Republicans draw more convention coverage than do Democrats in The Post
You might be surprised by some statistics that my assistant, Alison Coglianese, and I drew up in looking back at The Post’s coverage of the Republican and Democratic national conventions.
We counted every story, column, editorial, graphic and photo in all editions of the paper.
Both conventions, you’ll remember, ended up being three-day affairs; the GOP had to cancel its first of four scheduled days because of the threat from Tropical Storm Isaac, and the Democrats planned only three days.
And at this newspaper, which conservative readers tell me every day is “in the tank” for Barack Obama, guess who won?
The Democrats by a nose, but in only one category.
The Post published 50 bylined news stories about the Democrats’ convention, beginning with the Sunday preview in the Sept. 2 issue and continuing through Sept. 8.
It published 49 bylined stories — just one less — about the Republicans from the supplement on Aug. 26 through Sept. 1.
In most other categories — opinion columns, editorials, graphics and photos — the Republicans garnered more coverage by comfortable margins.
Thirty-seven columns were written about the GOP, 35 on the Democrats. Nine editorials were written about Republicans, four on the Democrats. In informational graphics, the Republicans got 15 to the Democrats’ 13.
And in photos there was no contest — 131 photos of Republicans were published, 119 of Democrats.
How much space was devoted to each convention? This is a tougher measurement because during the Democratic week, The Post had its huge computer breakdown the first night of the convention. That caused some stories not to be published on Wednesday, and some were reprinted on Thursday, so one might think that would add to the number of Democratic pages.
But no, not true.
The Republicans got 35 full pages of copy — that is, pages with no advertisements and with nothing but convention coverage — and 32 partial pages (including op-ed and editorial pages) during their week for a total of 67 pages. The Democrats got 31 full pages, but a few more partials, at 37, for a total of 68 published pages. In column inches, we think that the GOP edged the Democrats.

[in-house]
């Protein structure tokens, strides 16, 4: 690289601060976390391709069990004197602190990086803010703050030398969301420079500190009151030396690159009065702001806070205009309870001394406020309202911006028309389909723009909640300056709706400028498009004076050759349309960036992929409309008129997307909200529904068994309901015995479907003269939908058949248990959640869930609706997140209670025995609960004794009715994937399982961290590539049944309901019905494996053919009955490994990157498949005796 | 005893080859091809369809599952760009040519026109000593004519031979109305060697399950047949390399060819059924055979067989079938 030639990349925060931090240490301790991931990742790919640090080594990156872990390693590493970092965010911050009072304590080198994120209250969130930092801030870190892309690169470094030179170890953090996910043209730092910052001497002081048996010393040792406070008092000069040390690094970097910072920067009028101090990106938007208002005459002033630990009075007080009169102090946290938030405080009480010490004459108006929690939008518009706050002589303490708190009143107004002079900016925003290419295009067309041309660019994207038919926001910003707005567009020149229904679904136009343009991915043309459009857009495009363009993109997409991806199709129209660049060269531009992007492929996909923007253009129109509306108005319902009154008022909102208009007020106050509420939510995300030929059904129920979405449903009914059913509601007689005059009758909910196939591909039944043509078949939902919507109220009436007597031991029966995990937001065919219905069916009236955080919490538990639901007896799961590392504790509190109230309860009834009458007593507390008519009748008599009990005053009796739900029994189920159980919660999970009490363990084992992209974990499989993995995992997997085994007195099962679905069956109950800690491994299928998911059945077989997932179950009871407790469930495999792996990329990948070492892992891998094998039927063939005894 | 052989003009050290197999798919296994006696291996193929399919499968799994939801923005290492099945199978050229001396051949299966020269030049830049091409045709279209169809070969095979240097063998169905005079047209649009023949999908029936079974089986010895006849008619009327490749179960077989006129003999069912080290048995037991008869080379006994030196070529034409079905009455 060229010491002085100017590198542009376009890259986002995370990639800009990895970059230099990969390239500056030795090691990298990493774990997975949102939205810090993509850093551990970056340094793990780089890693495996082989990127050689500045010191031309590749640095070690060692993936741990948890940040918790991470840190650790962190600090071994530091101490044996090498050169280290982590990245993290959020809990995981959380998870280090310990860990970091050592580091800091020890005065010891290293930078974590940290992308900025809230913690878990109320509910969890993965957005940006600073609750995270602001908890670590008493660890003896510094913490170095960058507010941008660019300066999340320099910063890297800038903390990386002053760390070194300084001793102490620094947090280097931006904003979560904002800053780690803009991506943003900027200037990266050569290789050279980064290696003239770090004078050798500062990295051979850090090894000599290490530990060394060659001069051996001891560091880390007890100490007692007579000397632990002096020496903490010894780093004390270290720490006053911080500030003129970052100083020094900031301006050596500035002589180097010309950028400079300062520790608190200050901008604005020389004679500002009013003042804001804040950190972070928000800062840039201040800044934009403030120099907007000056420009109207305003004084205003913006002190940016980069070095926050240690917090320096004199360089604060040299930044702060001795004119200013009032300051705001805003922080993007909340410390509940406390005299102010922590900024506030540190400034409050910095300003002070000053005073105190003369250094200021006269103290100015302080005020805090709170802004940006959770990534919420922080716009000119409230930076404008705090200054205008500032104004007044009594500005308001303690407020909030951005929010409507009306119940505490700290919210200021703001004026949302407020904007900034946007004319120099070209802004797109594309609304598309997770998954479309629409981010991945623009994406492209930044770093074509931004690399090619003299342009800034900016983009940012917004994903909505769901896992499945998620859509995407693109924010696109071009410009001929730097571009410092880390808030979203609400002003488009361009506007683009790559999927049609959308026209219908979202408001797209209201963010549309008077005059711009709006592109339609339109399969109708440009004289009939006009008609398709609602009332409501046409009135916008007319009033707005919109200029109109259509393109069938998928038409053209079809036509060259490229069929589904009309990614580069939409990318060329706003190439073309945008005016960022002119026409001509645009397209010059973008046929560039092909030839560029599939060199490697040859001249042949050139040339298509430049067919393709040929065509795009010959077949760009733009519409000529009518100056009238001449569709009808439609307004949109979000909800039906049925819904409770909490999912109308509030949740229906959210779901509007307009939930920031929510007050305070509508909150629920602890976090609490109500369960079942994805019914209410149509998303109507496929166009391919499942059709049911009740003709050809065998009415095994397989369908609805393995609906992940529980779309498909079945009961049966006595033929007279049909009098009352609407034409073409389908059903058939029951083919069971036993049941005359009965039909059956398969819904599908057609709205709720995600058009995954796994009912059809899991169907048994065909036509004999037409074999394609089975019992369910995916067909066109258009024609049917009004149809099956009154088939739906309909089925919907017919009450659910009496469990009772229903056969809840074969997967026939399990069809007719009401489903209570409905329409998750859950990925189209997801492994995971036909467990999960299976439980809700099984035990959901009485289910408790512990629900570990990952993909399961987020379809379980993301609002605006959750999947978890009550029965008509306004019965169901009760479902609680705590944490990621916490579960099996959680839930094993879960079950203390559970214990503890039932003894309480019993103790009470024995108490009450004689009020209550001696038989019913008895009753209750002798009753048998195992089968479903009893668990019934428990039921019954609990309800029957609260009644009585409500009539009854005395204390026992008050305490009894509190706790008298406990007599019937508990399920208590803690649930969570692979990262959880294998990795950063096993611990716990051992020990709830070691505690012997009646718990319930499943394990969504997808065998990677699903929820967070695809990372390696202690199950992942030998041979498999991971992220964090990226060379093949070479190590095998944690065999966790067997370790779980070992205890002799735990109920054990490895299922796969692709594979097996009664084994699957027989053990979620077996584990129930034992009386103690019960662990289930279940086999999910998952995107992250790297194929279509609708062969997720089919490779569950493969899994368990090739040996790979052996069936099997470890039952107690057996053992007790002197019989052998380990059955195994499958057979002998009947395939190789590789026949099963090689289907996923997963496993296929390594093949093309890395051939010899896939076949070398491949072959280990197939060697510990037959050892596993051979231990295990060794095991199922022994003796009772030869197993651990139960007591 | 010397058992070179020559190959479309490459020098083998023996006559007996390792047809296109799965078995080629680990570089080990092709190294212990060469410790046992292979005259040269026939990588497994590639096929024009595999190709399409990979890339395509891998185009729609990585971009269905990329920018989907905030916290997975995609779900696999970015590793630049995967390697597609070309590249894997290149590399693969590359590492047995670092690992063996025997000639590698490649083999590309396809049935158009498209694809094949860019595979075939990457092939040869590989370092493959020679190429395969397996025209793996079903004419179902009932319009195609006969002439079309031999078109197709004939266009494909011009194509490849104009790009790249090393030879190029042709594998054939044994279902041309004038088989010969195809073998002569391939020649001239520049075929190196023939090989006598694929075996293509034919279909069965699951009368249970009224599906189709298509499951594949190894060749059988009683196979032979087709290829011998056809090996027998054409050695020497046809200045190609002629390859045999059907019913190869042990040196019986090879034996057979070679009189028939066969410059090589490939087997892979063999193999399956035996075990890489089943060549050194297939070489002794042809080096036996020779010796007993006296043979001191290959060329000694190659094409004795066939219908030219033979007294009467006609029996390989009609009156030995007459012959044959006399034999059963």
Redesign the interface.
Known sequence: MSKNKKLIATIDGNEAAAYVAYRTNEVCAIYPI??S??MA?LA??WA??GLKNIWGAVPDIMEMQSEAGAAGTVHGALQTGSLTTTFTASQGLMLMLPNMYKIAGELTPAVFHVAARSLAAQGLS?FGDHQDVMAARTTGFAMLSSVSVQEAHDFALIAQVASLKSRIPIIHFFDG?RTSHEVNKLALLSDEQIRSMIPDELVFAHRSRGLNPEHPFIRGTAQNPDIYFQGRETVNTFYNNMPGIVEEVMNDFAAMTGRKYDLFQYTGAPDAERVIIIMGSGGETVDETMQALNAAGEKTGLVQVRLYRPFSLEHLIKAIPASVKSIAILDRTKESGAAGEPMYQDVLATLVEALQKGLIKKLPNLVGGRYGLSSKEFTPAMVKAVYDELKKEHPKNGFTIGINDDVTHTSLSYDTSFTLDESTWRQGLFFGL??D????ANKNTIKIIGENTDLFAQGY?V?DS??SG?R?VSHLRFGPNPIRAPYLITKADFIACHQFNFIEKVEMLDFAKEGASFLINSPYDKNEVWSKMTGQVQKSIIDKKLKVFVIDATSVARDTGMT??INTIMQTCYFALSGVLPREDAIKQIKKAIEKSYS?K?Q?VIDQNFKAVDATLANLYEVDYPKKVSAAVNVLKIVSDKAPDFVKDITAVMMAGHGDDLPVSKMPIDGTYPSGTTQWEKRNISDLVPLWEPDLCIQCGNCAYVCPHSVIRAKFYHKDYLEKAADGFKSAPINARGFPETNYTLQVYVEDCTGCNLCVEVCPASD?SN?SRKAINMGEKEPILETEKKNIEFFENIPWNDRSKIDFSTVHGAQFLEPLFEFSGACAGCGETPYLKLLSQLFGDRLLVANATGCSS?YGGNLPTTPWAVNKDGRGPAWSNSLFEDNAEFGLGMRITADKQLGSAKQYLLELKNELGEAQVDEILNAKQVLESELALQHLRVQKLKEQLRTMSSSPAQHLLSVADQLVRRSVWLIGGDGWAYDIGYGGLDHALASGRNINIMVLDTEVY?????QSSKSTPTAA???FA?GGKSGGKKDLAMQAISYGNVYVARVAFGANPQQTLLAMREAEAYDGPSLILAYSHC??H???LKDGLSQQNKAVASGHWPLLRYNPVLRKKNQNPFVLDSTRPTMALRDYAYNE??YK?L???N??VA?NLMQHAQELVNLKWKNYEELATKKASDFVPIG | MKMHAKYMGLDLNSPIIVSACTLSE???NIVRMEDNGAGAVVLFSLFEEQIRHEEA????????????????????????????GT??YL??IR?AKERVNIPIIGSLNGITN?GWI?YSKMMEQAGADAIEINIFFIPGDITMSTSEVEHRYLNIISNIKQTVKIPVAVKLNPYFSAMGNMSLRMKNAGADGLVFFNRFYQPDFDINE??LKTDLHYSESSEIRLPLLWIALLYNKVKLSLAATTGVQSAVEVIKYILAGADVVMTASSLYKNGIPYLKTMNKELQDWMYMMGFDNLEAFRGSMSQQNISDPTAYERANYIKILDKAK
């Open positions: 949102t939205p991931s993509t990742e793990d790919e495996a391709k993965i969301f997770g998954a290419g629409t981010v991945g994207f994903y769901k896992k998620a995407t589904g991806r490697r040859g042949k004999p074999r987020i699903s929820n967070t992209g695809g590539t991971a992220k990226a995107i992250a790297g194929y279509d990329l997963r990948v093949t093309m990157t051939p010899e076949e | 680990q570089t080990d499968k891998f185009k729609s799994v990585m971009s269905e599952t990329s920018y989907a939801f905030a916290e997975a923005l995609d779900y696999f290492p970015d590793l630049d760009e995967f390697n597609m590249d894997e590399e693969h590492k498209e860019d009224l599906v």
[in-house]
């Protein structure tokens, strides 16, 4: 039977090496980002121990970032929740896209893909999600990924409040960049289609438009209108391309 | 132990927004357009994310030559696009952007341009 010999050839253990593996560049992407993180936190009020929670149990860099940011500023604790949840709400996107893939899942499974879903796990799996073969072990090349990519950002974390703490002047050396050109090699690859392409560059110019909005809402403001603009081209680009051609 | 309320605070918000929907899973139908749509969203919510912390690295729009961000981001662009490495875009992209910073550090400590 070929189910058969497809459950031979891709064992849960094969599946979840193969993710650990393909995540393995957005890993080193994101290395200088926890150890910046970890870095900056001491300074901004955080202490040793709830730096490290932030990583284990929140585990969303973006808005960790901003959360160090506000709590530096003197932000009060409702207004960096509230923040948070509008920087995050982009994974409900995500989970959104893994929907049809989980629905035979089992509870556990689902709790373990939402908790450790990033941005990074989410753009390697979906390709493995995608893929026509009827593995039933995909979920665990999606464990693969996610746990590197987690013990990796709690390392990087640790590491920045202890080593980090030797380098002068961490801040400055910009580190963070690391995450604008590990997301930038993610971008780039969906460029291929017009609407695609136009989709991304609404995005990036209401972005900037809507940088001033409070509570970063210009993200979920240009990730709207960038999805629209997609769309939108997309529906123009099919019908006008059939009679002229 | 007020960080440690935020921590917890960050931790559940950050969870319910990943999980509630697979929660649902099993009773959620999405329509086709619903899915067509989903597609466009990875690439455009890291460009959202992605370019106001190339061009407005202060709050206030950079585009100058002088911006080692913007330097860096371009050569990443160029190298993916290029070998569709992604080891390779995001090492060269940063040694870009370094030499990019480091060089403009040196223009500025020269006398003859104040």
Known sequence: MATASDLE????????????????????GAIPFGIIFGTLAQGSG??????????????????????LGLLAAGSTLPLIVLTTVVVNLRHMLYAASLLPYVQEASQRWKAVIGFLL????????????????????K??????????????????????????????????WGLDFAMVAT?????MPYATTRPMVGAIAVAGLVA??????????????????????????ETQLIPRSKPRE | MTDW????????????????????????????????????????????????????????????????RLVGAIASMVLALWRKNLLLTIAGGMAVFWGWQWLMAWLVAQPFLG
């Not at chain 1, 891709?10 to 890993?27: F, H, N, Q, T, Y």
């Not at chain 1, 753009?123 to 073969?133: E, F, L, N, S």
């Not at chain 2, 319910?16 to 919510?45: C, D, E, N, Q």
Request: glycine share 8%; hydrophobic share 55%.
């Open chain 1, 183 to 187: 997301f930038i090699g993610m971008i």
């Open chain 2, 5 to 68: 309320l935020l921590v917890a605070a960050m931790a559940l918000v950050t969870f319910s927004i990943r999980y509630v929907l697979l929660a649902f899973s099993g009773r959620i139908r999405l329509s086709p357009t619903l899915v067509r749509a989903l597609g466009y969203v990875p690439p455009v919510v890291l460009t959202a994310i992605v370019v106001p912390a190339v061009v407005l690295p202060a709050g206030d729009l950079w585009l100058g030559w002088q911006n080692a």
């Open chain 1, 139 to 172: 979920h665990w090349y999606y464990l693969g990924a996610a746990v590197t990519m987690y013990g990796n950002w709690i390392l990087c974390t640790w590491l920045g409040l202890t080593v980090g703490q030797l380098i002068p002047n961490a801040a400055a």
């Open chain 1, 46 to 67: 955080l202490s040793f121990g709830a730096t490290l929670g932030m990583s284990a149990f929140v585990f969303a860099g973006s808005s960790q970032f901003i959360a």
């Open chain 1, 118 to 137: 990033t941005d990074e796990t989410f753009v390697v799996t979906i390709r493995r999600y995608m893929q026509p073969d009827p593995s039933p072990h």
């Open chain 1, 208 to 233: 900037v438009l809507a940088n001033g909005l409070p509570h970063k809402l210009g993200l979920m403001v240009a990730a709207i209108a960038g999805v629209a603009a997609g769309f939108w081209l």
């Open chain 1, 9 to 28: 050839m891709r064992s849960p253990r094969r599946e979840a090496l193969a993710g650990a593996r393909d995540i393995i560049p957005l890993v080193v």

Let’s look at photos. Most photos were upbeat, attractive and complimentary of the presidential and vice presidential candidates and their families. No snark here.
The biggest category of photos for both conventions are atmospheric shots — photos of the arena, of delegates, of funny hats and signs, of protesters and balloons and color. The Post published more of these shots of Republicans than Democrats, 42 to 31.
Mitt Romney appeared in 22 photos, with 12 of them shots of just him. He had three with his wife, Ann, one with his grandkids, three with vice presidential nominee Rep. Paul Ryan (R-Wis.) and one with former secretary of state Condoleezza Rice.
The Post published one more photo of Obama than of Romney — 23, with 14 of those by himself and, tellingly, maybe two of him smiling. In all others he was sober. There was only one shot of Obama and the first lady together as a couple, although two photos were published of the couple with their daughters, Sasha and Malia.
Interestingly, just one shot of Vice President Biden was published all week, whereas Romney’s running mate was all over the paper. Seventeen shots of Ryan were published, 10 solo and seven with others.
Michelle Obama had a slight edge over Ann Romney in photographs. Obama appeared in nine photos, six solo plus three with her husband and daughters. Romney appeared in eight shots, just one solo, the others with Mitt or her children.
For Democrats, the big winner in photos after the Obamas, no surprise, was former president Bill Clinton, who appeared in 13 photos in all, six alone, one with his daughter, Chelsea, and six with President Obama. Secretary of State Hillary Clinton, who was traveling on State Department business, appeared just once in convention coverage.
Online, The Post’s coverage was even more voluminous — 125 videos alone were produced over the two convention weeks. I can’t go through all the innovations online in the space here, but they were numerous, interesting and fair to Democrats and Republicans. All in all, The Post did well in convention coverage. Hats off.
Patrick B. Pexton can be reached at 202-334-7582 or at ombudsman@
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